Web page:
In my brief report on the StAnza Poetry Festival a couple of weeks ago, I mentioned that I’d gone to hear Richard Price do a reading. I didn’t know his stuff at all, but found it intriguing.
After the event, I offered to swap my chapbook for his. I must confess my ignorance at this point. I hadn’t realised that Richard was quite a well-known poet. His latest collection, Lucky Day (published by Carcanet Press, Michael Schmidt’s imprint) has been nominated for the Whitbread Poetry Prize, among other awards, and he’s been writing and publishing for many more years than I have.
Anway, he was gracious enough to agree to the swap and today I received a chapbook containing his translations of Apollinaire and some translations of other French writers into Scots by Donny O’Rourke. I’ve had a look through some of the poems and they look very good.
However, at his website, I found an excellent poem that’s really been making me think over the last few days. It’s called Big Bang Research.
As I see it, the poem is about relationships, and how poems and emails are transforming communication. Although the narrator likes visits from real people and suggests (by email) that the recipient comes over to stay, he still believes by the end of the poem that the “new upgrade” will solve communication problems (although this might be ironic - the lines "you know/ this new upgrade?" suggest that). “Attachments” (very ambiguous word – it connects with poems in L1-2, but also must have a secondary sense of being attached to people) are a scientific accident. An ambiguous love/hate relationship with technology is present throughout the poem, as I read it.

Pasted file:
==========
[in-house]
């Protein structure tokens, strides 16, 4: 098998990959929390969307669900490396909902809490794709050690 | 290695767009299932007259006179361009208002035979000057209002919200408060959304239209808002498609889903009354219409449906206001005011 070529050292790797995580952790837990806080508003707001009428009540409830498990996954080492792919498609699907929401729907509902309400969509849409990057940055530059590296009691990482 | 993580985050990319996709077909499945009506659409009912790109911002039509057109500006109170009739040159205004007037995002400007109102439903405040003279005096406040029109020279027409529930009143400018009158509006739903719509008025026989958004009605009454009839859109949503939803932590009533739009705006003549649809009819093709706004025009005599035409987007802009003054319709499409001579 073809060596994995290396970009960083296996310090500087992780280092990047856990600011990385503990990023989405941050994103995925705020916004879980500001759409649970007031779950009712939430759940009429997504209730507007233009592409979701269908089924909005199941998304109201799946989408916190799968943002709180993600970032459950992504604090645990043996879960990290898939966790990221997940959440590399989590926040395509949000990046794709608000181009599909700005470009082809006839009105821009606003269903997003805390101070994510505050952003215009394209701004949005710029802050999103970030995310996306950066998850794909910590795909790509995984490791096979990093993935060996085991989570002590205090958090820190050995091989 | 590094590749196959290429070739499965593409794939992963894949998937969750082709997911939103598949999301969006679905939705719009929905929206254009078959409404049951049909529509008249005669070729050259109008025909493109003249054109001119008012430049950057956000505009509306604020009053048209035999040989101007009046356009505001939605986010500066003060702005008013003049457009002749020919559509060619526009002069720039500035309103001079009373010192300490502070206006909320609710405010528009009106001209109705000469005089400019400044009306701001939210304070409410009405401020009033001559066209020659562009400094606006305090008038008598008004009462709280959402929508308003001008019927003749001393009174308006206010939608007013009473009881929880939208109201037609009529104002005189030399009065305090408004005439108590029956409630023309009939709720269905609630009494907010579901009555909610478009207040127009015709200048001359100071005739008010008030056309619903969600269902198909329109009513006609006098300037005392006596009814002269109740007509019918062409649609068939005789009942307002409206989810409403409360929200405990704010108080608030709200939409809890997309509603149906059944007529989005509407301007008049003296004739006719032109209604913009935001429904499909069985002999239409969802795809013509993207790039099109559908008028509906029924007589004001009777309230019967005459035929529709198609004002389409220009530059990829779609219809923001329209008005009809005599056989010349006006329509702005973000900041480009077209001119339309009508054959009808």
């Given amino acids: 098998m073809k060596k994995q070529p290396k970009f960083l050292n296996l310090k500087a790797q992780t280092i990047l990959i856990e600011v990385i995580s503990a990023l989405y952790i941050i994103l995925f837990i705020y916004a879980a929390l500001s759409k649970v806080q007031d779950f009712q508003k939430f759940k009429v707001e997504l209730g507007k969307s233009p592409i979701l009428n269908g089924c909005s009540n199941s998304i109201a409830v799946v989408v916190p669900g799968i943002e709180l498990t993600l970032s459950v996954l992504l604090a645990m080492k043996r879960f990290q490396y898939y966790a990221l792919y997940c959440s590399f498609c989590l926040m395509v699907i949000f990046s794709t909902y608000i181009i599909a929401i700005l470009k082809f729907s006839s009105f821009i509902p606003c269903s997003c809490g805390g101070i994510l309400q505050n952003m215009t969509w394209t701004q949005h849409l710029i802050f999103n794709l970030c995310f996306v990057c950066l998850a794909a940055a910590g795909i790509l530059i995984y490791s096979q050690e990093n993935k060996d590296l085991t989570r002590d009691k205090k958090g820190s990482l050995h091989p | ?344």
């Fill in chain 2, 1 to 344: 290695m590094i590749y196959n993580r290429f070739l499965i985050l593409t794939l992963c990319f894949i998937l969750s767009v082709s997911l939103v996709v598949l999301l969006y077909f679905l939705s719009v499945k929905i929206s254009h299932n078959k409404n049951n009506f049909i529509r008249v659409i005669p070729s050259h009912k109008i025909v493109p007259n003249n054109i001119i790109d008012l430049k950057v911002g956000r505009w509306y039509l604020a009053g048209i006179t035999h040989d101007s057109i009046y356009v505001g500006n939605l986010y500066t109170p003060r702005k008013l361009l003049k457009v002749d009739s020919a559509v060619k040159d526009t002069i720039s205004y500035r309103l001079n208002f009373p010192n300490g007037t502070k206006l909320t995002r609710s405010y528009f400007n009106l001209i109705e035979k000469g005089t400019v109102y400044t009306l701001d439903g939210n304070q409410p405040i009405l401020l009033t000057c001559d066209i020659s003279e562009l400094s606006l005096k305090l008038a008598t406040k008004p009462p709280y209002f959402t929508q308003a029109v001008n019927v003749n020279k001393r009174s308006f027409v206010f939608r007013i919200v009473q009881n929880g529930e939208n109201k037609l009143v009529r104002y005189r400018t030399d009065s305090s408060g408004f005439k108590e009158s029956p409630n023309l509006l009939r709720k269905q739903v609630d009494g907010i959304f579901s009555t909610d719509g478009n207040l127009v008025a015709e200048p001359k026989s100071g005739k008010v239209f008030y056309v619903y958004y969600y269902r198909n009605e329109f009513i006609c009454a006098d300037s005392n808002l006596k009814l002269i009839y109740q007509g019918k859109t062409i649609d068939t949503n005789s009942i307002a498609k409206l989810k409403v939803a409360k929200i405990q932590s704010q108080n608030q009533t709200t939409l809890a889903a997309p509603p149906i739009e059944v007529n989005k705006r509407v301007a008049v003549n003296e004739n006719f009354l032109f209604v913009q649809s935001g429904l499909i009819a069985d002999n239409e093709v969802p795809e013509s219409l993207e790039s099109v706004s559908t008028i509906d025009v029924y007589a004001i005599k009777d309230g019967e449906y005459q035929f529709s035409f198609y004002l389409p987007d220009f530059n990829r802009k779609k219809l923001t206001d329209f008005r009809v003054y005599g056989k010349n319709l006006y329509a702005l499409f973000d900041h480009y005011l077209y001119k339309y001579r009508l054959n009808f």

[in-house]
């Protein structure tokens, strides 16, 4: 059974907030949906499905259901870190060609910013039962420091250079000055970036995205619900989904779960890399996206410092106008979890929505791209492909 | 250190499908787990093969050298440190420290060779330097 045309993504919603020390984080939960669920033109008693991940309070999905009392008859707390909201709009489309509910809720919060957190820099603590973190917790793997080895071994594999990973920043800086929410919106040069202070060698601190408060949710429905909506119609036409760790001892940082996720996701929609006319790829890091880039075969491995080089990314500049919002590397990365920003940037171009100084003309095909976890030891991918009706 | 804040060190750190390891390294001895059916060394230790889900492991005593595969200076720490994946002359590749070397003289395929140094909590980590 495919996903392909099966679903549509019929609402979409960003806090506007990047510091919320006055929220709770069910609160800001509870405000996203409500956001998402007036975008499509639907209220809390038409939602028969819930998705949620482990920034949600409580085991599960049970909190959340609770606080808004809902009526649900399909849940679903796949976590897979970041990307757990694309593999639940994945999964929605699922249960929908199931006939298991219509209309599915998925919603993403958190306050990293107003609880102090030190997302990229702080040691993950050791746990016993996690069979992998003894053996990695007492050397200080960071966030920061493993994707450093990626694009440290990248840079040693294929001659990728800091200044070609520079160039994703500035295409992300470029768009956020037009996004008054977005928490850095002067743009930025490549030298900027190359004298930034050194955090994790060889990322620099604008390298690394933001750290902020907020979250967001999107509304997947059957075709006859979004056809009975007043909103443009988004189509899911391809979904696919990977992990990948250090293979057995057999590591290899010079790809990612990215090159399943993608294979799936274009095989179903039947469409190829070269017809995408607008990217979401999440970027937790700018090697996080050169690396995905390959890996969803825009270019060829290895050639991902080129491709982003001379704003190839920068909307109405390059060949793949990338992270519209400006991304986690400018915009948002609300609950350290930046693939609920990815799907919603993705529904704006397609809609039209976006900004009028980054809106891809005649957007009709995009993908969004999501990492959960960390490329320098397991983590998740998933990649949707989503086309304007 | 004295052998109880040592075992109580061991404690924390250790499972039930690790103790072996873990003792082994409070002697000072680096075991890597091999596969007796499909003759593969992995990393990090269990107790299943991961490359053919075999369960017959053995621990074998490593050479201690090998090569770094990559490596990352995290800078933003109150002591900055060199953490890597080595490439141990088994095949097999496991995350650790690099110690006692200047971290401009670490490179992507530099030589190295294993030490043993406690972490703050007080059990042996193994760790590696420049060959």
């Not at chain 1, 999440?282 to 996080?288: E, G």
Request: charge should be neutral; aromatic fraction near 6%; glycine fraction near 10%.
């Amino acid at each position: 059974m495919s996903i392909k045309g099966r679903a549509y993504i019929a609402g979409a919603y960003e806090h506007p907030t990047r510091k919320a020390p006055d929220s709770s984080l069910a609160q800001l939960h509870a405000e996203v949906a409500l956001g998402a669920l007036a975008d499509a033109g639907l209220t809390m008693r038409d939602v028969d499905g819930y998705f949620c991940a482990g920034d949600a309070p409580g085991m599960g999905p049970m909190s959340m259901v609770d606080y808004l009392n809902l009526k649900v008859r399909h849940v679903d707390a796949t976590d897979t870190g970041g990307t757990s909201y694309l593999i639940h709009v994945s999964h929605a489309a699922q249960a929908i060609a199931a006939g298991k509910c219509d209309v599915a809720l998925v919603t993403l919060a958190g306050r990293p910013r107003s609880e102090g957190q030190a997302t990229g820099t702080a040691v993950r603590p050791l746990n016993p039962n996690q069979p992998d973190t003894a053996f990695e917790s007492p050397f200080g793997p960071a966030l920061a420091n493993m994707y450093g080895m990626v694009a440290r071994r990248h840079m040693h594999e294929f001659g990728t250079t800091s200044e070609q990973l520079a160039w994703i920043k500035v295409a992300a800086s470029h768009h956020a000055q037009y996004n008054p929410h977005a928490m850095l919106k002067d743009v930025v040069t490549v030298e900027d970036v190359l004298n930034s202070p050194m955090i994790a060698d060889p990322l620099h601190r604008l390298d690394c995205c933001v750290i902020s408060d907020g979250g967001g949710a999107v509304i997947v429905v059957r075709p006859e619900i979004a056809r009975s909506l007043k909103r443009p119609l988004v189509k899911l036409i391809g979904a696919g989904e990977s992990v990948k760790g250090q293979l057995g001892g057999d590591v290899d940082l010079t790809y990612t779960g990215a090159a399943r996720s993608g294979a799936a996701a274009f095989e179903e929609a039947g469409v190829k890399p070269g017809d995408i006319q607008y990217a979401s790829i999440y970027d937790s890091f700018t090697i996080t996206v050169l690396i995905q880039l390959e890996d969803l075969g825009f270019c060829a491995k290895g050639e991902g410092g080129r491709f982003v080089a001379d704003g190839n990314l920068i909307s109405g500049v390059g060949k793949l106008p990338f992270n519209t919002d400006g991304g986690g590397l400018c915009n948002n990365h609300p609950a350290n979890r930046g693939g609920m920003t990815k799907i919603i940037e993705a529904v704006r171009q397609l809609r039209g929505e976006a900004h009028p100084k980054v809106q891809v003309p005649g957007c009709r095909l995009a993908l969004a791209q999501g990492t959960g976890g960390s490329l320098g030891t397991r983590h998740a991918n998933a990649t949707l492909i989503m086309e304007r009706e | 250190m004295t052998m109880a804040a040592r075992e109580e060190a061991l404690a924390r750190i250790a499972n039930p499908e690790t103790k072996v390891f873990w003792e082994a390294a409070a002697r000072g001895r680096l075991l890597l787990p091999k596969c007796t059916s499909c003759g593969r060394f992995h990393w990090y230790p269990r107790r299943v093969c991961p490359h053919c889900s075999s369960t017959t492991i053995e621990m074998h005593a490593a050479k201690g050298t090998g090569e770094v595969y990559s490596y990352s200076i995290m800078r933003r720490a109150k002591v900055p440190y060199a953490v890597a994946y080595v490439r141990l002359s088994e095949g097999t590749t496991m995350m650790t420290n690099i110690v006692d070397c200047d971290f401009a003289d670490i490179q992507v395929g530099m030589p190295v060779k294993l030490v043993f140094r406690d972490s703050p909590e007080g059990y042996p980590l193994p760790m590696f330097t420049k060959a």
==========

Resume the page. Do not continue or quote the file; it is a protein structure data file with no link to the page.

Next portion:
I’m not sure if I’ve read the poem correctly, but I enjoyed the compressed language, the pinched lines, the (ironic?) humour, and the way the poem made me think and continues to do so.
In April, I’ve banned myself from buying any books, as I have way too many to read as it is, but I plan to read Lucky Day when I get the chance.